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Sell Indian Made Foreign Liquor Only To Licensed Consumers: Madras High Court To State, TASMAC

Upasana Sajeev
6 Jan 2023 12:00 PM GMT
Sell Indian Made Foreign Liquor Only To Licensed Consumers: Madras High Court To State, TASMAC

In an attempt to curb the menace of alcohol abuse and underage drinking, the Madras High Court has suggested imposing a licensing regime for the sale, purchase, and usage of Indian Made Foreign Liquor.

The bench of Justice R Mahadevan and Justice Sathya Narayana Prasad asked the Centre to take the courts directions/suggestions into consideration and give instructions to the State of Tamil Nadu and Director General of Police to impose a licensing regime.

In turn, the State government was directed to give necessary instructions to the retail TASMAC outlets that only customer having an alcohol license could purchase IMFL.

The State Government shall give necessary instructions to the retail outlet shops through TASMAC that only the consumer, who has an alcohol license, can be permitted to buy Indian Made Foreign Liquor.

The court also sought for strict compliance of labelling requirements under the Food Safety and Standards (Alcoholic Beverages) Regulations, 2018 and the Food Safety and Standards (Packing and Labeling) Regulations, 2011. For more effectiveness, the court suggested that the labels displaying the price list and contact details for registering grievances could be printed in Tamil.

Further, the court asked the State government to ensure that liquor is not sold to persons below the age of 21 years. It added that the state government and the TASMAC could consider reducing the business hours of retail TASMAC outlets to six hours from 2:00 pm to 8:00 pm.

The directions were passed in two writ petitions seeking to regulate the sale of Indian made foreign liquor through the TASMAC outlets. One petition had sought for directions to the State and TASMAC to open all Retail Outlets, Pubs and Bars situated in Tamil Nadu between 2.00 pm and 8.00 pm only to sell all alcoholic breweries and distilleries while the second petition sought for imposing a licensing system to regulate the sale, purchase and usage of Indian Made Foreign Liquor.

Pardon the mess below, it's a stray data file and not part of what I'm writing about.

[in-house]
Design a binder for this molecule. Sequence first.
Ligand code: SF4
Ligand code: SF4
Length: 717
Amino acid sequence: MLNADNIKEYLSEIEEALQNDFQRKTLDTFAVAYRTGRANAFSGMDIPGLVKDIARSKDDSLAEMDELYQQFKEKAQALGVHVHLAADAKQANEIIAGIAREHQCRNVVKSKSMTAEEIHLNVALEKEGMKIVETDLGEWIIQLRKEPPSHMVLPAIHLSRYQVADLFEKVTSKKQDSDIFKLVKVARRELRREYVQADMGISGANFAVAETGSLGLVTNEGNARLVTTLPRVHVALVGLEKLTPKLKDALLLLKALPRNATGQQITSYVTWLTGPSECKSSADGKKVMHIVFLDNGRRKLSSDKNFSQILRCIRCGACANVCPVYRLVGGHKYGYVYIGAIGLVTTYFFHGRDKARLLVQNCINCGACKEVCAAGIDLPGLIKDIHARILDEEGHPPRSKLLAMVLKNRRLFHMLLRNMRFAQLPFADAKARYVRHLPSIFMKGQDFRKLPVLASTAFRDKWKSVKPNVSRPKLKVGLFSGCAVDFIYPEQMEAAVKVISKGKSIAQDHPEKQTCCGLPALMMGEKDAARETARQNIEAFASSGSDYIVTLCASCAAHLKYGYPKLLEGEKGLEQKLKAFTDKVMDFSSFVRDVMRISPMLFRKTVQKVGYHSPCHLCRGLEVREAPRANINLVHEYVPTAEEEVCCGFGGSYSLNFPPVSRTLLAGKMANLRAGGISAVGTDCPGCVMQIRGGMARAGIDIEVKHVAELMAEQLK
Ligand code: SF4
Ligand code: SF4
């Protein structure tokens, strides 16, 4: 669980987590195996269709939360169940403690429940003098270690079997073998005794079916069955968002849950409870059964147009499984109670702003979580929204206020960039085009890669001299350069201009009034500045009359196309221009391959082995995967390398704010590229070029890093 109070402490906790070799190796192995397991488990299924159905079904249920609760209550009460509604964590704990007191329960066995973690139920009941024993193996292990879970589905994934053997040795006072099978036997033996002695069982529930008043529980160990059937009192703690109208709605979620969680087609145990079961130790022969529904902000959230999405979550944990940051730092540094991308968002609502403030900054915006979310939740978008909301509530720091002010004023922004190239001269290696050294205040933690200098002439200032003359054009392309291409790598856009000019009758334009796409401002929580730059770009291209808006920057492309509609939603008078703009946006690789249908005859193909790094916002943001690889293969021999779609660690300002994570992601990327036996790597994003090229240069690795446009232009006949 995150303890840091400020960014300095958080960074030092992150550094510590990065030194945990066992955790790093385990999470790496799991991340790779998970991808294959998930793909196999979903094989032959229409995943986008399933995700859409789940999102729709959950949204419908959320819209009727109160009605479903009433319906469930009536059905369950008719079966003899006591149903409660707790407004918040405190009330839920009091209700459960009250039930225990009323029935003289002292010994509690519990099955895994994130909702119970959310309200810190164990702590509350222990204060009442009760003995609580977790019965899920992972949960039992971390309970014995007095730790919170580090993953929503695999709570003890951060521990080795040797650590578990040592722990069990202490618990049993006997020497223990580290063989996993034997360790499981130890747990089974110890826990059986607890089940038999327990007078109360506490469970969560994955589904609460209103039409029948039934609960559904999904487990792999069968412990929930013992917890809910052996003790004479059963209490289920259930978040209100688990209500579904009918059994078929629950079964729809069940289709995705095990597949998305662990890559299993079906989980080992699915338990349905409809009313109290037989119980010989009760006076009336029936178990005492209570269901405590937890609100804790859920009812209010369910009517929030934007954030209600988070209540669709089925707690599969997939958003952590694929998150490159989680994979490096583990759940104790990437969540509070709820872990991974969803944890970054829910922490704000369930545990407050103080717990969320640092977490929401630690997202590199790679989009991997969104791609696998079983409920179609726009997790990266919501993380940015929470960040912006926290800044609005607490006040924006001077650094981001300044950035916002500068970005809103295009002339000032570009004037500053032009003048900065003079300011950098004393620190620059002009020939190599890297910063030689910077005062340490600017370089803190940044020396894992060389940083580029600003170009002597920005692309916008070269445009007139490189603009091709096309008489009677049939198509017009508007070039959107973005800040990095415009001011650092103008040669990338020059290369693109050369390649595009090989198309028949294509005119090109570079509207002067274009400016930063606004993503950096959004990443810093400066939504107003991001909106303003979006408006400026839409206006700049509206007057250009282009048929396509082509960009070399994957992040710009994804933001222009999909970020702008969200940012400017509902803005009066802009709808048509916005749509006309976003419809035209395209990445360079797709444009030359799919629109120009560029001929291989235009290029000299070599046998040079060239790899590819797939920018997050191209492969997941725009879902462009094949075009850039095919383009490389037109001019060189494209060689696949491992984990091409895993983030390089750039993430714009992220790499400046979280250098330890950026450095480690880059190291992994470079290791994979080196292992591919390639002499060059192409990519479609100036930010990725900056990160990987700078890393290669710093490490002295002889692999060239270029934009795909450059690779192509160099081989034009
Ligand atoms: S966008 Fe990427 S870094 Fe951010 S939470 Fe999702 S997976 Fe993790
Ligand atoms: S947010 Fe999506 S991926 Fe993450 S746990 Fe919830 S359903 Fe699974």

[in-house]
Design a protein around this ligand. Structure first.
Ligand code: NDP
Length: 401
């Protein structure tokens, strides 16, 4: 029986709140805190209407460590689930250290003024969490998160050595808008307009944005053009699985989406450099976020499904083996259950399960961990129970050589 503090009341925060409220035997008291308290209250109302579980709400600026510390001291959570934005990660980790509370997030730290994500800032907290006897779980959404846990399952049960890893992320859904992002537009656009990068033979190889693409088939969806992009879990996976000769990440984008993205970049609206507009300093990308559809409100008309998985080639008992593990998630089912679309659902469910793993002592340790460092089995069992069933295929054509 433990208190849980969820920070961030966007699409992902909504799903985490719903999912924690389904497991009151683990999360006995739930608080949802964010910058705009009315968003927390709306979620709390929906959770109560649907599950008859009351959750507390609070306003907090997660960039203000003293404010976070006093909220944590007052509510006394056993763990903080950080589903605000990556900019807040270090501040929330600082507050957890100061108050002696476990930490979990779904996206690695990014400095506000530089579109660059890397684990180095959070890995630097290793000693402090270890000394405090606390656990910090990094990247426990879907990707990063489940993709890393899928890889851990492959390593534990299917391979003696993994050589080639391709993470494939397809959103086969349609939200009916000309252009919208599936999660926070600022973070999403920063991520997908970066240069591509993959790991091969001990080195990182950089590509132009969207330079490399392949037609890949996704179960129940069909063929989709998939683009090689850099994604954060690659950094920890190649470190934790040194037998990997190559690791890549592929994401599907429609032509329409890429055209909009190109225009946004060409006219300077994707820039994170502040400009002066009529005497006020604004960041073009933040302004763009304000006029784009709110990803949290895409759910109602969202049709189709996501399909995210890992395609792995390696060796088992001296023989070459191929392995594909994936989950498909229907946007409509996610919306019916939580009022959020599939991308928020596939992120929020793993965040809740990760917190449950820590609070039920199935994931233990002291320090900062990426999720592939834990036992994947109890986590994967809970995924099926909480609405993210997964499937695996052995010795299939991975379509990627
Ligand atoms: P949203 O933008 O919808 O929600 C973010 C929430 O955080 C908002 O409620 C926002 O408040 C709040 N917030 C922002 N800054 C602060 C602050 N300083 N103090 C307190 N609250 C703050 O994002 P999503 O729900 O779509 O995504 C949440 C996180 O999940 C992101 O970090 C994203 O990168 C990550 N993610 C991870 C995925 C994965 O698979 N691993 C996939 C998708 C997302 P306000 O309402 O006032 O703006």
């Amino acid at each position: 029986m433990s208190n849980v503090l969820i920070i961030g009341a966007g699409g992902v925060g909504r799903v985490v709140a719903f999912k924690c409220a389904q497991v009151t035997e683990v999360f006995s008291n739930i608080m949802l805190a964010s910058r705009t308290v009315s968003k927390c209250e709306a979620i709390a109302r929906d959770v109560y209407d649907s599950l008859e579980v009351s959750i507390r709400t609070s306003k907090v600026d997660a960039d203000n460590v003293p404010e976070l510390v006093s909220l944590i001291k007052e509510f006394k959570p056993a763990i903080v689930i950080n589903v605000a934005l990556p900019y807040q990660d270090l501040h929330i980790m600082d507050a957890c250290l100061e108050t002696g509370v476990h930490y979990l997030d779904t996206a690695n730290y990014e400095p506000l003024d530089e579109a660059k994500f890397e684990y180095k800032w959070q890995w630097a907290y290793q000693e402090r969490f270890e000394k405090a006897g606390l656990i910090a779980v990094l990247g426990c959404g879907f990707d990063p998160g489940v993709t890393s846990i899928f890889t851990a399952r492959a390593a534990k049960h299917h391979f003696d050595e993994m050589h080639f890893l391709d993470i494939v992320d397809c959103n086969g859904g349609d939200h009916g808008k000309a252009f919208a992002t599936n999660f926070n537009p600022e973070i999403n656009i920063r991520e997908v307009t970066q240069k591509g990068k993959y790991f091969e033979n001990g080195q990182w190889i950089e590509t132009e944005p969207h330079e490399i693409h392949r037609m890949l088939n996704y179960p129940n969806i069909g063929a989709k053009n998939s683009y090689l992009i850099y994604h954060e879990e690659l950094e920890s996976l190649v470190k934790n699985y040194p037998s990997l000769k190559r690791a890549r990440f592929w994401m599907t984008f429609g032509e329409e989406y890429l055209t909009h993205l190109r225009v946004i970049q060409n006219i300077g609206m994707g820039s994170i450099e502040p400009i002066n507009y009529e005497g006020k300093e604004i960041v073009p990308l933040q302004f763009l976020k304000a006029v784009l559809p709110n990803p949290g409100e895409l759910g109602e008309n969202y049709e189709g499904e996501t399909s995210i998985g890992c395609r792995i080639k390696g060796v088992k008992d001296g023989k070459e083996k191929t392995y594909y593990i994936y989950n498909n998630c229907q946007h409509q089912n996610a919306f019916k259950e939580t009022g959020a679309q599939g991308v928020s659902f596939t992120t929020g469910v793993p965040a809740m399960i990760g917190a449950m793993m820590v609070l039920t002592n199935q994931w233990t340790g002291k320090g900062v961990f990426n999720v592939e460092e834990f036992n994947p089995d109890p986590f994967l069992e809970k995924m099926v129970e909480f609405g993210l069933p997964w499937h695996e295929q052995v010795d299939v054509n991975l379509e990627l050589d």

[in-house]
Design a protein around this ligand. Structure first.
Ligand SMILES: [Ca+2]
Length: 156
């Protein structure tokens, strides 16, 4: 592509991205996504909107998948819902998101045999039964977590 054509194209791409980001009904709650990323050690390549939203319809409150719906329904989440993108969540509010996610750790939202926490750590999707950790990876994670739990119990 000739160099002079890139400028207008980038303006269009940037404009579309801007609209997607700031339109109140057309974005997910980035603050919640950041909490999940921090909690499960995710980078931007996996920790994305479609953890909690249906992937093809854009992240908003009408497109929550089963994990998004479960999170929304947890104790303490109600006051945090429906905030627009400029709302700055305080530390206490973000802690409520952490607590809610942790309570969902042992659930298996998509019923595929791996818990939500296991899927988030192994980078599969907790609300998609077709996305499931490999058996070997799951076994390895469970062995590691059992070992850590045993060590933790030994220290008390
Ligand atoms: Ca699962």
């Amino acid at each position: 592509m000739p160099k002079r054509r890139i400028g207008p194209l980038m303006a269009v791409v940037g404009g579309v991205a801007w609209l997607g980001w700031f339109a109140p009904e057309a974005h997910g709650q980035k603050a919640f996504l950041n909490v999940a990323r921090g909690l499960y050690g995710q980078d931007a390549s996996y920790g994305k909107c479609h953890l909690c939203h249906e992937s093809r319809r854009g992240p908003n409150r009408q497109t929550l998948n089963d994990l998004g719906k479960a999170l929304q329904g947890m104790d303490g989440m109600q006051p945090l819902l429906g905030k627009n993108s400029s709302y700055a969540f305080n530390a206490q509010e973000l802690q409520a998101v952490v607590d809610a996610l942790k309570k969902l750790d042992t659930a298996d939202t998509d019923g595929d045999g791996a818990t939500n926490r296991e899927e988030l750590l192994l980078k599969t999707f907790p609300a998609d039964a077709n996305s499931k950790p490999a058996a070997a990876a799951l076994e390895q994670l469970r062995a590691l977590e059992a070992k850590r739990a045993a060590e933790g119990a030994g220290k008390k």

The petitioners highlighted that increase in the retail outlets of TASMAC has affected the society at large. Further, there were various irregularities with respect to the sale of liquor. Though there are circulars in place stating that liquor should not be sold to those below 21 years of age, this is not being followed.

The State denied these allegations and submitted that the State was taking all possible steps to ensure a safe environment. It had already reduced the timing of TASMAC shops from 16 hours to 10 hours. The State also submitted that the State had been strictly following the policy for underage drinking.

The court opined that though the measures taken by the State were undisputed, the fact remained that liquor consumption had not reduced and was only increasing. Underage drinking has also affected the socio-economic milieu in the state and has led to an increase in the number of crimes. The court further observed that no effective action has been taken by the authorities against the violators who continued to sell alcohol to persons below 21 years of age.

Thus, even though policy decision of the government could not be interfered with judicially, the court thought it fit to issue the suggestions/directions in light of the public interest at large.

Case Title: B Ramkumar Adityan v. Additional Chief Secretary and others

Citation: 2023 LiveLaw (Mad) 9

Case No: Writ Petition (MD) No. 2543 of 2019

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